Operation Mincemeat is the true story of a military operation that changed the course of World War II: a boy’s own espionage adventure following the Allies as they attempted to deceive the Nazi plan for an all-out assault on Fortress Europe. Colin Firth and Succession star Matthew Macfadyen play Ewen Montagu and Charles Cholmondeley, two intelligence officers who tricked the enemy into thinking that Allied forces were planning to attack southern Europe by way of Greece, rather than their actual target of Sicily in Italy.
Their plan? To disguise a dead body, plant misleading papers on the corpse, and drop it off the coast of Spain where Nazi spies would take the bait. Directed by Shakespeare in Love helmer John Madden and also starring the brilliant Kelly Macdonald (Trainspotting) and Penelope Wilton (After Life), Operation Mincemeat takes a little known story and gives two of the unsung heroes of the war the lip service they deserve.
The second adaptation of Stephen King’s incendiary tale after Commando helmer Mark L. Lester directed Drew Barrymore as a juvenile telekinetic pyromaniac. Despite a cast that boasted George C. Scott, Martin Sheen, David Keith and Heather Locklear, and a brilliant score by Teutonic kosmische titans Tangerine Dream, the film wasn’t a huge success, cowering in the shadows of Stanley Kubrick’s The Shining released the same year.
Now The Vigil director Keith Thomas is directing Ryan Kiera Armstrong as the twisted Firestarter while John Carpenter, who was originally going to direct the 80s version, along with his son Cody Carpenter & Daniel Davies provides the crunching synth score. The eponymous tween is again on the run from a secret government agency The Shop who created the youngster’s pyrokinetic power when they experimented on her father (Zac Efron) and now they want to cover their tracks. Expect sparks to fly.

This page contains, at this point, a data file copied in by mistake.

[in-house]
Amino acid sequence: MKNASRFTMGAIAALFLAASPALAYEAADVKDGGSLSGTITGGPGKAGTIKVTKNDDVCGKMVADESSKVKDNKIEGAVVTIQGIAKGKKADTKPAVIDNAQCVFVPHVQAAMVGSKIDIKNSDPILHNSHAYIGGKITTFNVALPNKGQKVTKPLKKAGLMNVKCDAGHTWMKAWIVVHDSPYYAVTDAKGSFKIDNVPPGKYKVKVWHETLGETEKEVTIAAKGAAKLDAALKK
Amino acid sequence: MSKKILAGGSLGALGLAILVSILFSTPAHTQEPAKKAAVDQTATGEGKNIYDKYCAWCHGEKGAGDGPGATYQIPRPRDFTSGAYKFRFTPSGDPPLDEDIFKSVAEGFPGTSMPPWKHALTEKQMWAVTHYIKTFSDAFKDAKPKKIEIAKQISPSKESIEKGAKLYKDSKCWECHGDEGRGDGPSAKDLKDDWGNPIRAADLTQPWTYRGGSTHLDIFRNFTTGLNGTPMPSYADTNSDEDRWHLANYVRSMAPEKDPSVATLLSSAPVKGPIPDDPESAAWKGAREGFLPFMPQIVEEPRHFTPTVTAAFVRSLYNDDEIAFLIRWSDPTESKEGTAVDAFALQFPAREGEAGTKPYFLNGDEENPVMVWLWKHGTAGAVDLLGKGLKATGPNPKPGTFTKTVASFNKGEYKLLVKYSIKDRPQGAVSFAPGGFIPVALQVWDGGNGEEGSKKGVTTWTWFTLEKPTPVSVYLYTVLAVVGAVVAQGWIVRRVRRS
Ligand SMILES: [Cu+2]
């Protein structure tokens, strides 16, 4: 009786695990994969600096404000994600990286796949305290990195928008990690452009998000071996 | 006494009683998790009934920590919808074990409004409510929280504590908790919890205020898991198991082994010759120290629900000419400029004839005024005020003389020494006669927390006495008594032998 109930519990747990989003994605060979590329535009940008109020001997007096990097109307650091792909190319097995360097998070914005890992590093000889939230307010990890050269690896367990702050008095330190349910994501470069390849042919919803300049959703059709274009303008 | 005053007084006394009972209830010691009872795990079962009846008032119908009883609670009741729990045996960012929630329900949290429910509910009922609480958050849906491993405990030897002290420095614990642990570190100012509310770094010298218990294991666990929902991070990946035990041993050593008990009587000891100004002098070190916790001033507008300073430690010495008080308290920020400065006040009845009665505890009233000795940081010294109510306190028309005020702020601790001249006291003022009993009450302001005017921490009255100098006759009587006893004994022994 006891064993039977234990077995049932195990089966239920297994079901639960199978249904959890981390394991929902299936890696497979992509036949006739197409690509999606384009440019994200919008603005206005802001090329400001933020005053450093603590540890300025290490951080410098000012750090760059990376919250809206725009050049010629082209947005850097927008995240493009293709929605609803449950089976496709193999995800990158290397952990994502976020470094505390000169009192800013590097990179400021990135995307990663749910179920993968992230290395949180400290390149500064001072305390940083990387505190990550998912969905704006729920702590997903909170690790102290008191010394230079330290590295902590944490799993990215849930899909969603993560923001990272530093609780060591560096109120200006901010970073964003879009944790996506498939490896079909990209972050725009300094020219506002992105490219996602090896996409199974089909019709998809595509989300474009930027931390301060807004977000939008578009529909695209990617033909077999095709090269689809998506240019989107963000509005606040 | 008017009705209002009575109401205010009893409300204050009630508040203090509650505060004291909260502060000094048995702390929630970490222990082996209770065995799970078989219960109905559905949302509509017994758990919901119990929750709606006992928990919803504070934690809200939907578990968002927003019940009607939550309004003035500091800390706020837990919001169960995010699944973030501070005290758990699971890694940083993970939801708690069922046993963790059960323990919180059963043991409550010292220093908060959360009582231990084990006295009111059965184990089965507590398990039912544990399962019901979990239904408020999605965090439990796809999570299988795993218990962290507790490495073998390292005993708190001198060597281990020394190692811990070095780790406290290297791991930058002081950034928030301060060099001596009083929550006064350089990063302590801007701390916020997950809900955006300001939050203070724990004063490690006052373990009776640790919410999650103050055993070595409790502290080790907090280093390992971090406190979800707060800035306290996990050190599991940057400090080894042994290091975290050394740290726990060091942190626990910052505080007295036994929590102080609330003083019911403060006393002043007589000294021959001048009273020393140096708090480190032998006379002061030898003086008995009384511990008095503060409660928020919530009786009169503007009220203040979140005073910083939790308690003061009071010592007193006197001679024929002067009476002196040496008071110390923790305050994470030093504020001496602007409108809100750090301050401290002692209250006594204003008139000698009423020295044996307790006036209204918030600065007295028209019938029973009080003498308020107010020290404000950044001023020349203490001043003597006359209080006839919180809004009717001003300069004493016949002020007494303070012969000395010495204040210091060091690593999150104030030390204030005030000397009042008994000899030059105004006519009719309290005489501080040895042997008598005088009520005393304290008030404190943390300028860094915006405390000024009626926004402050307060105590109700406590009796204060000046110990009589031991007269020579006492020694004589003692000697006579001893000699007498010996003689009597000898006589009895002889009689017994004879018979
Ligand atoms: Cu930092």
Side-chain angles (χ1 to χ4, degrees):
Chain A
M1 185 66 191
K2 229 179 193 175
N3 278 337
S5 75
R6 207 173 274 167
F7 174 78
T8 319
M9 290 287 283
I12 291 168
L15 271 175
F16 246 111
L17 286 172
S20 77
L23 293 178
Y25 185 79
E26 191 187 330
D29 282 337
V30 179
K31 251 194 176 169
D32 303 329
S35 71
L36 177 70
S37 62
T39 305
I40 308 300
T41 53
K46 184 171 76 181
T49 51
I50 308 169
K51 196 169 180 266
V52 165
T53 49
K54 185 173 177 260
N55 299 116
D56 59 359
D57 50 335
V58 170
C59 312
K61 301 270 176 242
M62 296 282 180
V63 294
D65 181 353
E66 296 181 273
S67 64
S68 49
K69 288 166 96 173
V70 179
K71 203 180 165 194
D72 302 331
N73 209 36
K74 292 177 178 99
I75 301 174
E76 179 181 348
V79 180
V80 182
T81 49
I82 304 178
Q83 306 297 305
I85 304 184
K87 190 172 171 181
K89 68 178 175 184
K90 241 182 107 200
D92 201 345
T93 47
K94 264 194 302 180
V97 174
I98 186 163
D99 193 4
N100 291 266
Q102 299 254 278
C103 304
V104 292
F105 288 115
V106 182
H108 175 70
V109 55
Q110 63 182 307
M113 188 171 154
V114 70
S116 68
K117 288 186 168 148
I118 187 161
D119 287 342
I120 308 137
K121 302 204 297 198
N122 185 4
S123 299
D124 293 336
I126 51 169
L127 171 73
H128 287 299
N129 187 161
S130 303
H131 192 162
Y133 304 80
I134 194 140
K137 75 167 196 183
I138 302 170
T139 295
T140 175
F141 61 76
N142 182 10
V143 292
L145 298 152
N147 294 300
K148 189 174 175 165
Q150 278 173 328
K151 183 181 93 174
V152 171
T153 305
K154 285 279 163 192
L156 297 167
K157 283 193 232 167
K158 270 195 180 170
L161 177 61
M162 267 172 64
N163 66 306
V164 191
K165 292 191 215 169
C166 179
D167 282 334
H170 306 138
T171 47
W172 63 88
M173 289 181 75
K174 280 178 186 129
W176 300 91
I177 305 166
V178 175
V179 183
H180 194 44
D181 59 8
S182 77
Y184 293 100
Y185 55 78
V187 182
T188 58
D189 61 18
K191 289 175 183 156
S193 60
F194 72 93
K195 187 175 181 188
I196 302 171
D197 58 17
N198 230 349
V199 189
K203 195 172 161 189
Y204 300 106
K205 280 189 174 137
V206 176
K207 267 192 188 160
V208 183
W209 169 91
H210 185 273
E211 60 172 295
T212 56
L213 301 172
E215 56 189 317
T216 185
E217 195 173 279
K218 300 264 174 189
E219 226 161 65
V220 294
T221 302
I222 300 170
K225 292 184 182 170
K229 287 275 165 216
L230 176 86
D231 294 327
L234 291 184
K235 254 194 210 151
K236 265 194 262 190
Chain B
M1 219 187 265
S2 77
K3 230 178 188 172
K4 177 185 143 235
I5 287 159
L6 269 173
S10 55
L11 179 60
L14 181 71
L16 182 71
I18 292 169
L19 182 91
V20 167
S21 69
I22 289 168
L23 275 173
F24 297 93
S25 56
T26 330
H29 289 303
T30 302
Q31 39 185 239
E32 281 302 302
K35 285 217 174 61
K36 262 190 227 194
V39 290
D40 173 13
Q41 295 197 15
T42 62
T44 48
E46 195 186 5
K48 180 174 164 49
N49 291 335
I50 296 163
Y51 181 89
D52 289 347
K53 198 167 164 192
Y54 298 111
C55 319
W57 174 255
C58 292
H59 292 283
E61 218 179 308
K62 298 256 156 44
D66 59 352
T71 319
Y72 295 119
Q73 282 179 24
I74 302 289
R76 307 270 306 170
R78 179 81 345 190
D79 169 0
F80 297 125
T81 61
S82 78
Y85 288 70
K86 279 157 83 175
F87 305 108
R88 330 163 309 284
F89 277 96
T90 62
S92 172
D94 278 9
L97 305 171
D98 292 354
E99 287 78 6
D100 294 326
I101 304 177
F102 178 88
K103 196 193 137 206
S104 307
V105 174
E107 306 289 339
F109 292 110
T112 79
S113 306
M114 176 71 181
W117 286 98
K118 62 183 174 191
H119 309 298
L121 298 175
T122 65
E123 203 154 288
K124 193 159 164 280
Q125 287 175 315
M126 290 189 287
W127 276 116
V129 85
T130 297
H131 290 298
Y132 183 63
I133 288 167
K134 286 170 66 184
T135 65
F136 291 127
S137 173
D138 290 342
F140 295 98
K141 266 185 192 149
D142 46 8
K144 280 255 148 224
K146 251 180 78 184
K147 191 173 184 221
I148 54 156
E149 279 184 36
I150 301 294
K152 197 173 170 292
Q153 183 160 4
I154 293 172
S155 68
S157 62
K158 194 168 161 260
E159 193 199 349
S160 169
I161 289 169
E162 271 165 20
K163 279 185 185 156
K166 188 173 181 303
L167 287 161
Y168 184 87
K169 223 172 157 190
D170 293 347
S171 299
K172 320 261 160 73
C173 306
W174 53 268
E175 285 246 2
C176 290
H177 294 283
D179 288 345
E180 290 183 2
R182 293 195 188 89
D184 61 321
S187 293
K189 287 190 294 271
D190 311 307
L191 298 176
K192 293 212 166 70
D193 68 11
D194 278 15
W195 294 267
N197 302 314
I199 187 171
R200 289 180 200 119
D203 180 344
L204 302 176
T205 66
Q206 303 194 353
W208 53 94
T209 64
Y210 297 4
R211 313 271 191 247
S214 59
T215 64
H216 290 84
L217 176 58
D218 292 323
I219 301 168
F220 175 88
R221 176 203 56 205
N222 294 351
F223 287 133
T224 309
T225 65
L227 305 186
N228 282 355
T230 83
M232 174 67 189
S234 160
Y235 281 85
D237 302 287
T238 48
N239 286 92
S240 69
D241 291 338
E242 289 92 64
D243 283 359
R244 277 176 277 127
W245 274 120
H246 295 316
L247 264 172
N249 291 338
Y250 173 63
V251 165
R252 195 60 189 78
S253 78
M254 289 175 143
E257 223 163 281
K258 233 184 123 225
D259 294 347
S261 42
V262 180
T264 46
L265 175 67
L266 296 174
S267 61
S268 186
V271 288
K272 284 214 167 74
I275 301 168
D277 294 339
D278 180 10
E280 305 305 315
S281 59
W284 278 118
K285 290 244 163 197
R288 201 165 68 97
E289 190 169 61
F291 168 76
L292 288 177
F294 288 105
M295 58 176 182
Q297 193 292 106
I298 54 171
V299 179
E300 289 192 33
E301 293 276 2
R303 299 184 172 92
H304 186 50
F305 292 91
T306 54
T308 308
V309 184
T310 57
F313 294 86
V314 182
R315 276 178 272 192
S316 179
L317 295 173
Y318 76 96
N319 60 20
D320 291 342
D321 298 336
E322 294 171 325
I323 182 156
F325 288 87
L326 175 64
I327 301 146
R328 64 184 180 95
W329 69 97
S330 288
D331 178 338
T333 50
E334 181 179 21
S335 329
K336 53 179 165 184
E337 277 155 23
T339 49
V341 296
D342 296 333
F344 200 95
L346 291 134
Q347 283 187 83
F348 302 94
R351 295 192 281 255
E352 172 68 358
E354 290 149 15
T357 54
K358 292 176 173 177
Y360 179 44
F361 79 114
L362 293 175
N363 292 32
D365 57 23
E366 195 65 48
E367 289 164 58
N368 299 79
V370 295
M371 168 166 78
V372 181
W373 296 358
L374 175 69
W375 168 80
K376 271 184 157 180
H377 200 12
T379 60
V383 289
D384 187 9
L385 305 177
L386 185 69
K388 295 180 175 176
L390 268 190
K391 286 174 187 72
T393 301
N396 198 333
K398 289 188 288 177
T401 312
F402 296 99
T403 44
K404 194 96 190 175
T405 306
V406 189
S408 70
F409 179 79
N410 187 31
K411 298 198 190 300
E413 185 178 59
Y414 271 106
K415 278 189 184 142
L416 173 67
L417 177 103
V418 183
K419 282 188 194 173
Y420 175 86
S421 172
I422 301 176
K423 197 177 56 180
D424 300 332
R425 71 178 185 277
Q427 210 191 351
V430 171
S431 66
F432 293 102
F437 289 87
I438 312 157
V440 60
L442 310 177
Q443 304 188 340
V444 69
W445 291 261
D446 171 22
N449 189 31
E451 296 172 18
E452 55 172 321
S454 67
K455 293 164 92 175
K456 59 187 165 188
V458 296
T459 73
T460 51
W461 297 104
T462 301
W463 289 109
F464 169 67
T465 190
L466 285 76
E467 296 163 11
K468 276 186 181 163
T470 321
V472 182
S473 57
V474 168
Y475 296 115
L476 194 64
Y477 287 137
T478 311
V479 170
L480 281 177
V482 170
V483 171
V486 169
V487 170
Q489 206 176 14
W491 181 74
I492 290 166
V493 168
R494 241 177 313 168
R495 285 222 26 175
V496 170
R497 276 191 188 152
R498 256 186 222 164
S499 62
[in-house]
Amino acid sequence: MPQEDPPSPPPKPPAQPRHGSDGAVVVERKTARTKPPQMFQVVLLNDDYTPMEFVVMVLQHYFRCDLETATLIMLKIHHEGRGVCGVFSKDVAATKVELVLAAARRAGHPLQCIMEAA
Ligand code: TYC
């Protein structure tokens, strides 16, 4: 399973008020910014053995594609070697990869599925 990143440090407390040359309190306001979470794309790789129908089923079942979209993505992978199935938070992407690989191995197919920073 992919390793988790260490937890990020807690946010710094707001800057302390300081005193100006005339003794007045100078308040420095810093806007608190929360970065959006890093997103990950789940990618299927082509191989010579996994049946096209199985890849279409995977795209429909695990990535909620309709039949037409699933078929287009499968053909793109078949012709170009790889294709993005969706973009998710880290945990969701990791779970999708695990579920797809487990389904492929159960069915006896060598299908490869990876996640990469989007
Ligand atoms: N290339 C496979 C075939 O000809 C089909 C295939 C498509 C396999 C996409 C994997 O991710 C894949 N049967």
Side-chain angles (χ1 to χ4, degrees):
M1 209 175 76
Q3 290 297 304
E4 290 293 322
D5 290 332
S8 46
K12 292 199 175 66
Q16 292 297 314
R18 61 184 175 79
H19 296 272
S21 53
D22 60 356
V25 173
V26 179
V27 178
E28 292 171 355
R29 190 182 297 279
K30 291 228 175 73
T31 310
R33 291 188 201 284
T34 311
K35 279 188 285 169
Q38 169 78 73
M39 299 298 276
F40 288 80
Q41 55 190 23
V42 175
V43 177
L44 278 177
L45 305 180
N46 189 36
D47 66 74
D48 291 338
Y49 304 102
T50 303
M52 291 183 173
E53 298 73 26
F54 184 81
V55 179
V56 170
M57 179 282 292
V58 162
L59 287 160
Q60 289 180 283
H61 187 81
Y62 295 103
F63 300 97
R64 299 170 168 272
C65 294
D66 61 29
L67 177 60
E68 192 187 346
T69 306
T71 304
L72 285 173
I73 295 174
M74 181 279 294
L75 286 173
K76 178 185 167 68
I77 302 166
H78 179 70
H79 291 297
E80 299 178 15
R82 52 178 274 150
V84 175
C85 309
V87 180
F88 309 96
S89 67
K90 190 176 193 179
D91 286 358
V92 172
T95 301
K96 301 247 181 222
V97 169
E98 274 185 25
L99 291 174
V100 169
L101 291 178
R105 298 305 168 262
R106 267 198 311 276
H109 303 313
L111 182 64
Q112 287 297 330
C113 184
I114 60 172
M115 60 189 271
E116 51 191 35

Over 233 heart-warming and hilarious episodes, Loren Bouchard and Jim Dauterive’s slow-burn animated sitcom Bob’s Burgers has told the story of the burger-flipping Belcher family. That’s parents Bob (H. Jon Benjamin) and Linda (John Roberts) and their three children Tina (Dan Mintz), Gene (Eugene Mirman) and Louise (Kristen Schaal). Now the Belchers are hitting the big screen and hope to get the patty started with just the right amount of special sauce—that is until a ruptured water main creates an enormous sinkhole in front of Bob’s Burgers and threatens their business.
With Bob and Linda struggling to keep the shop afloat, it’s up to the kids to save the day. With Zach Galifianakis, Stephanie Beatriz, Gary Cole and Kevin Kline again lending their voices to proceedings, expect bun shaking tunes aplenty, absurdist improvised humour galore, and working-class family values to make this a very happy meal.
The long-awaited sequel to the late great Tony Scott’s testosterone-pumping high-flying 80s actioner has been waiting to take flight since the global pandemic postponed its 2019 release. Top Gun was the 1984 film that saw a young Tom Cruise—coming off Ridley Scott’s failed fantasy Legend—ascend to superstardom. Where the first film saw Cruise’s hot shot pilot as the student, Top Gun: Maverick, taking place 30 years after, sees Maverick, now a test pilot captain, as a teacher, taking a group of Top Gun graduates under his wing for a special mission.
With Val Kilmer again playing Iceman—now the commander of the U.S. Pacific Fleet—Miles Teller as Bradley “Rooster” Bradshaw, the son of Maverick’s late best friend Goose (memorably played in the original by Anthony Edwards), Jennifer Connolly as love-interest Penny Benjamin, and daredevil Cruise in the cockpit for real, this promises to be a fitting tribute to one of the directing greats that feels the need…the need for speed.